Yemen ceasefire begins amid pressure on Saudi Arabia

October 20, 2016 9:52 am

Fire and smoke rise after a Saudi airstrike last Friday hit a site on the outskirts of ’s capital, Sana’a. (Photo by AP)

A fresh ceasefire has gone into effect in Yemen, which started a minute before midnight on Wednesday, and will continue for 72 hours.
The United Nations envoy to Yemen, Ismail Ould Cheikh Ahmed, said all parties to the conflict have agreed that the initial time period is subject to renewal and could be extended to last longer.
The ceasefire, which was brokered by the UN, followed days of fierce clashes between Saudi-led invasion forces and Yemeni troops under the command of the Supreme Political Council.
On Tuesday, the UN special envoy for Yemen was in Moscow reviewing recent developments with the Russian Deputy Foreign Minister Gennady Gatilov.
The two diplomats reportedly discussed the chances of resolving the Yemen conflict through diplomatic channels and the role of the UN and the Security Council in supporting peace efforts.
Cheikh Ahmed met US Secretary of State John Kerry and UK Foreign Secretary Boris Johnson earlier in London, where the Western diplomats emphasized the need for an immediate ceasefire in Yemen as well. 

(L-R) US Secretary of State John Kerry, British Foreign Secretary Boris Johnson and UN Special Envoy for Yemen Ismail Ould Cheikh Ahmed make a joint statement on Yemen at Lancaster House in London on October 16, 2016. (Photo by AFP)

Saudi ally and former Yemeni president Abd Rabbuh Mansur Hadi and Saudi Foreign Minister Adel al-Jubeir also announced their agreement with a ceasefire.
The Houthi-run Supreme Political Council, the top governing body, welcomed the ceasefire but demanded the Saudi invaders halt attacks. It said Yemen needed an immediate, lasting and comprehensive truce without conditions.
Fighting in Yemen re-escalated after earlier peace talks, also mediated by the UN and held in Kuwait, collapsed in August.
Houthis had declared that they were ready for disarmament and withdrawal of their forces from areas under their control if a comprehensive political agreement is reached in which Hadi would have no role.
However, gunmen loyal to Hadi backed by Saudi forces have been fighting against the Houthi Ansarullah and allied army forces to restore the fugitive ex-president.
Riyadh is currently under increasing pressure from the international community as well as its allies in the West in the wake of a recent airstrike which killed more than 140 people in Sana’a.
On Wednesday, British minister for the , Tobias Ellwood, said the early October attack on a funeral was a “deliberate error” and had been ordered by Saudi rulers. 
initially denied responsibility for the fatal attack but on Saturday it finally admitted that the attack was launched by one of it warplanes, which “wrongly targeted” the funeral gathering.
The Saudi-led military campaign to restore Hadi, which started in March 2015, has killed at least 10,000 people.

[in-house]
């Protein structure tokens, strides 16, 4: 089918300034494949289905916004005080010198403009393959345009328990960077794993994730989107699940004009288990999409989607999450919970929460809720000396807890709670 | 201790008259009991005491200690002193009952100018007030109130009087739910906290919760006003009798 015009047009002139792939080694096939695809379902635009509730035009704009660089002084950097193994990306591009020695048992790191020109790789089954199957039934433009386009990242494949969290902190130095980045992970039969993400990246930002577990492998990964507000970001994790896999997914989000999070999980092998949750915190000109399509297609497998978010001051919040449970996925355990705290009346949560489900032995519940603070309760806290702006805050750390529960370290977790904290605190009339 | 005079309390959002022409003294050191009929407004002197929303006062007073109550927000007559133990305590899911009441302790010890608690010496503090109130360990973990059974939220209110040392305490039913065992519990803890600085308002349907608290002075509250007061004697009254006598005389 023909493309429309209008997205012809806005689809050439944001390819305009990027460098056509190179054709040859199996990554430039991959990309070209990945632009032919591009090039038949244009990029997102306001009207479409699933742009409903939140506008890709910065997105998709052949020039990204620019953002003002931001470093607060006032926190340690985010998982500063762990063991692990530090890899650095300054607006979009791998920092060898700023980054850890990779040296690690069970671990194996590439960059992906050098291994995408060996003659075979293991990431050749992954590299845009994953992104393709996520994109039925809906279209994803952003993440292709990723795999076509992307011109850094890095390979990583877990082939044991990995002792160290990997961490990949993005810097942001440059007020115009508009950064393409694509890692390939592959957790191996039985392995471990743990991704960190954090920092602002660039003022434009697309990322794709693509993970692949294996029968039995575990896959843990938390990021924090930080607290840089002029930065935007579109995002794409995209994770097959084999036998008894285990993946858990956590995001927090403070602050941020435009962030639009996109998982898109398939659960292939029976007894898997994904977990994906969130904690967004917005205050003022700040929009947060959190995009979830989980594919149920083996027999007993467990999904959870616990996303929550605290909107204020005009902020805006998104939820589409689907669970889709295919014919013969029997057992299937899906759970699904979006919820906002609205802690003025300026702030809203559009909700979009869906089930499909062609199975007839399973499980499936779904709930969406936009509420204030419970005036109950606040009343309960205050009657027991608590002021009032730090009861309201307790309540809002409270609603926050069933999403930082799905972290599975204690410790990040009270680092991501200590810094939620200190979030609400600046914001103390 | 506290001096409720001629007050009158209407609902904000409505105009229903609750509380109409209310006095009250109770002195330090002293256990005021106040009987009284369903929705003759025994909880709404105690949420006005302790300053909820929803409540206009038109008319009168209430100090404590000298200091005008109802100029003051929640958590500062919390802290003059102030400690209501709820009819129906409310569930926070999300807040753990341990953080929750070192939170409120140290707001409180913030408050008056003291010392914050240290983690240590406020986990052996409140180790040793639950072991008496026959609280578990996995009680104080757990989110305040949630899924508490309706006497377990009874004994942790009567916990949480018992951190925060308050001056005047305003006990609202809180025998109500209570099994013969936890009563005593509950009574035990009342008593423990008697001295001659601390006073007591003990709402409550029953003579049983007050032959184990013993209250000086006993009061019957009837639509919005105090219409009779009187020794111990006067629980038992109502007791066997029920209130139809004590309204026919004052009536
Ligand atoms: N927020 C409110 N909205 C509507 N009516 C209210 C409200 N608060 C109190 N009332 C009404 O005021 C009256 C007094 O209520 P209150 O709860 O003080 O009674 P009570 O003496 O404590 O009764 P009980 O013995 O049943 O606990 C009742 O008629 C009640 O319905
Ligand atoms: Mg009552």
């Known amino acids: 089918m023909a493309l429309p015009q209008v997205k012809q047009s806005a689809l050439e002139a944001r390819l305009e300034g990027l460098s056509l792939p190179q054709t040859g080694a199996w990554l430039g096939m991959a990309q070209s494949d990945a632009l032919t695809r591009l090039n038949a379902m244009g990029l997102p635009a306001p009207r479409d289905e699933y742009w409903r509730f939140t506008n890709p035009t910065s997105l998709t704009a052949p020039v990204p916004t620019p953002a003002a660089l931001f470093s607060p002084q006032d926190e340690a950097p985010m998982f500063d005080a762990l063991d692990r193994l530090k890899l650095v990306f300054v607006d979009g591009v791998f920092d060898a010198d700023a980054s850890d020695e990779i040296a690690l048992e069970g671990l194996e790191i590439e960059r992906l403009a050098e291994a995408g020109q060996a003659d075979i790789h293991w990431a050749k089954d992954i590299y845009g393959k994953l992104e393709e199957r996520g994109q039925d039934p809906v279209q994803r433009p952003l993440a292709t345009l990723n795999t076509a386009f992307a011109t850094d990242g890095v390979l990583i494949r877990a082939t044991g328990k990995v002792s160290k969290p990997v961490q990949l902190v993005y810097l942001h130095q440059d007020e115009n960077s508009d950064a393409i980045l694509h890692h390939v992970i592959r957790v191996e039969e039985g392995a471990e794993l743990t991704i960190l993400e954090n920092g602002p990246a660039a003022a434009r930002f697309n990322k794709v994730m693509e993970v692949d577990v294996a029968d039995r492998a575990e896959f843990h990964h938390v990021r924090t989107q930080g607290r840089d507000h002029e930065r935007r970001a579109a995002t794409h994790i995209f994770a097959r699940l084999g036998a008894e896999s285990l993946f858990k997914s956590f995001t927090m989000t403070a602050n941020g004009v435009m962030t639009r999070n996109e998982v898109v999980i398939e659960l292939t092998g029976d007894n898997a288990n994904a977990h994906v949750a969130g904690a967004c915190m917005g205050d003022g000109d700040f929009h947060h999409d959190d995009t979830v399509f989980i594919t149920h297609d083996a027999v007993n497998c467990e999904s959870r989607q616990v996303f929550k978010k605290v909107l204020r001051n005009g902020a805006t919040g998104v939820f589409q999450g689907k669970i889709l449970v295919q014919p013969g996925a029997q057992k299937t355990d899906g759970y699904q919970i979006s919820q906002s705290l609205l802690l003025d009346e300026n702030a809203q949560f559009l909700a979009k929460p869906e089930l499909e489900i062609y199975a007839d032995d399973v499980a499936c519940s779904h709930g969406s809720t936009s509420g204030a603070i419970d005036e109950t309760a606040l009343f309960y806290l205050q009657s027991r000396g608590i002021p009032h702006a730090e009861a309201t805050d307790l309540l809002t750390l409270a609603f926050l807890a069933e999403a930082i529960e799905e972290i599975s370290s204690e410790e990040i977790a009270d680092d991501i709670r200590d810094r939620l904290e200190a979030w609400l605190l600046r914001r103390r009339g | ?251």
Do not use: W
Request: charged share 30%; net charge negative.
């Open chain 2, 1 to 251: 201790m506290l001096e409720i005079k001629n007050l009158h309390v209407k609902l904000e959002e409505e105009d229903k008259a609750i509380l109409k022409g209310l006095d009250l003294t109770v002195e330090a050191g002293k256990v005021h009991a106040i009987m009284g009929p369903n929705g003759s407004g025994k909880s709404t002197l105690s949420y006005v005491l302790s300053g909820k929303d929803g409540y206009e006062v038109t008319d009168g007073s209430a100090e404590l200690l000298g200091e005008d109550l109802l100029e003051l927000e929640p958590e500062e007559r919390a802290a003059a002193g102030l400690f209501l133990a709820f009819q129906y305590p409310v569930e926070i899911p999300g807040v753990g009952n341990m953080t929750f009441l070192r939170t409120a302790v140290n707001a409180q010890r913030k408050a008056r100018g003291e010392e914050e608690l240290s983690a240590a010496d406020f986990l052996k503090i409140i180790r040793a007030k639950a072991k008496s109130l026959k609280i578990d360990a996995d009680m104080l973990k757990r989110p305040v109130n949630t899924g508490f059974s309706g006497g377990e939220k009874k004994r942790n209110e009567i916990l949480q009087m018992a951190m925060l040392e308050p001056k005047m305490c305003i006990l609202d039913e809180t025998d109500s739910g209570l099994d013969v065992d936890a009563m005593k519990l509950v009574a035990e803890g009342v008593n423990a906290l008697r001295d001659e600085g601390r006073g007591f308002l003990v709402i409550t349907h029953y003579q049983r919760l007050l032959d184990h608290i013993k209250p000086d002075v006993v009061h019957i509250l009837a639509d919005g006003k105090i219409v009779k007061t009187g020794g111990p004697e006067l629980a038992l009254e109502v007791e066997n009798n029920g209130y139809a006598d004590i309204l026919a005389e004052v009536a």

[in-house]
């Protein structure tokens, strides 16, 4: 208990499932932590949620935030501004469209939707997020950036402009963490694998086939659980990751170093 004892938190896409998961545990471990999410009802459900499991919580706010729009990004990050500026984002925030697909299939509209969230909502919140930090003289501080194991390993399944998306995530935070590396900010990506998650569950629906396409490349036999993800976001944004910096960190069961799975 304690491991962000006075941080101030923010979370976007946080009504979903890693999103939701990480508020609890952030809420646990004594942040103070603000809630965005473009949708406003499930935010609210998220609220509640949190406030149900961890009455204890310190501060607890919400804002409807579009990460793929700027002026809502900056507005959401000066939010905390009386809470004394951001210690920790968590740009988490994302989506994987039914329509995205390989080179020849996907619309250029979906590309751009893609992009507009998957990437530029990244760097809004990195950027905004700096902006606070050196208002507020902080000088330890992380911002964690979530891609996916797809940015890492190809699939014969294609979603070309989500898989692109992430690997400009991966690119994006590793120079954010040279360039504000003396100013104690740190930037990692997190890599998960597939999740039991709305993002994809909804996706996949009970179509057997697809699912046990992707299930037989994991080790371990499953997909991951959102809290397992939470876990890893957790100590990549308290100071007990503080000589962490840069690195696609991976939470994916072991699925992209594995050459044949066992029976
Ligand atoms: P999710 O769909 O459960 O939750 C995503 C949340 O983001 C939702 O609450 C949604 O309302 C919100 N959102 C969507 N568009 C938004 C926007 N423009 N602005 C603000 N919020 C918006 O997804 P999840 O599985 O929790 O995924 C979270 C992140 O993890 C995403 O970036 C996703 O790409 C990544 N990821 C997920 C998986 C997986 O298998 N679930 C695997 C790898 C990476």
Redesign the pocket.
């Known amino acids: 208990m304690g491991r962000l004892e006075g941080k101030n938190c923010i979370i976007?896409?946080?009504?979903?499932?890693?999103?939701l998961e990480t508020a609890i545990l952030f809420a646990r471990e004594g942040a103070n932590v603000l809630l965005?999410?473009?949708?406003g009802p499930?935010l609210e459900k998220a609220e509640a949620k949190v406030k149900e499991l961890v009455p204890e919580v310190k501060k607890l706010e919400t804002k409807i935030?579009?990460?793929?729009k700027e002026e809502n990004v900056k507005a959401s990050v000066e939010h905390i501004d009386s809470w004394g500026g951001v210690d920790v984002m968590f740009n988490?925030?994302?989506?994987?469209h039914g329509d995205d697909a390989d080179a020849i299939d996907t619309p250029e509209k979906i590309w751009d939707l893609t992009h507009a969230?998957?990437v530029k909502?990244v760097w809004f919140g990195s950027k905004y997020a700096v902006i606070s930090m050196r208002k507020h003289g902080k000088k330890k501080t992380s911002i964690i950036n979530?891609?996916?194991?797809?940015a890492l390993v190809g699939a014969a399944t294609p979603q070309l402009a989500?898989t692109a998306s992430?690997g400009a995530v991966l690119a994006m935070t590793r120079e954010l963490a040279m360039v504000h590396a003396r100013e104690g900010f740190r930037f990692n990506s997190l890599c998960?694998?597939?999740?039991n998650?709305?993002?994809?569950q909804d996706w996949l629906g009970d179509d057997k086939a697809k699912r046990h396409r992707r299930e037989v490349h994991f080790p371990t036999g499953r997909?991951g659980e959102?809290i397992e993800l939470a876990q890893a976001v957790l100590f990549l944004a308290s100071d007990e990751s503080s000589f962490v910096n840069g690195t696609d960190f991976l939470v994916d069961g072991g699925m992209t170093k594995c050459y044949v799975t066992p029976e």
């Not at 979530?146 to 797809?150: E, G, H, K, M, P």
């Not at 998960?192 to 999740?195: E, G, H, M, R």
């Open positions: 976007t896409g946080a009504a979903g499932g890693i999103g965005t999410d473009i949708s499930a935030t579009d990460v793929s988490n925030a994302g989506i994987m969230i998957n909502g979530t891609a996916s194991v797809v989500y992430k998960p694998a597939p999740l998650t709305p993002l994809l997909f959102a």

The kingdom is also under pressure at home where a sense of being stuck in a quagmire is growing more than ever as Yemen’s retaliatory attacks are becoming more exact and lethal and the cost of the war is taking a crippling toll on the Saudi economy.

Sana’a: A UN-mediated truce to the war in Yemen went into effect a minute before midnight on Wednesday, hours after Saudi-led air strikes hit military bases in the capital Sana’a and rival militias battled near the border with the kingdom.
The coalition led by Saudi Arabia said in a statement it would respect the three-day truce provided its foes in Yemen’s Iran-allied Houthi movement also complied, allowed aid supplies to reach combat areas and kept calm on the border.
Residents reported in the early hours of Wednesday that air raids hit several army barracks, the latest of thousands of air strikes during a 19-month military intervention by Saudi Arabia and Arab allies.
The pro-Houthi military said late on Tuesday it had fired rockets at a Saudi army base and that its forces had repelled an attempt by Saudi-backed government forces to seize an intersection connecting two far northern provinces.
Several previous ceasefires have failed to pave the way for an end to the conflict, but have significantly slowed fighting in the war which has killed at least 10,000 people.
Exiled President Abd-Rabbu Mansour Hadi told state agency Saba on Wednesday that he expected his foes would violate the truce.
“We don’t expect from them today anything more than prevarication and procrastination,” Hadi was quoted as saying after meeting the American and British ambassadors.
The parliament in Sana’a, in which pro-Houthi MPs hold a majority, called on Wednesday for a “full commitment” to the truce, a day after a Houthi-led political council in the capital said it would comply.
Diplomats hope the truce will be extended, opening the way for aid supplies as disease and hunger spread.
The World Health Organisation reported an outbreak of cholera in Sanaa this month and the UN’s Food and Agriculture Organisation said that the war has halved cereal production and that 1.3 million Yemeni children were acutely malnourished.
“The fighting is still going on in many areas,” the UN humanitarian coordinator for Yemen, Jamie McGoldrick, said on Wednesday.
“As we saw in previous ceasefires, not all parties accept it … We hope that it does kick in and there is a chance that this holds and we can do more work and reach more areas.”
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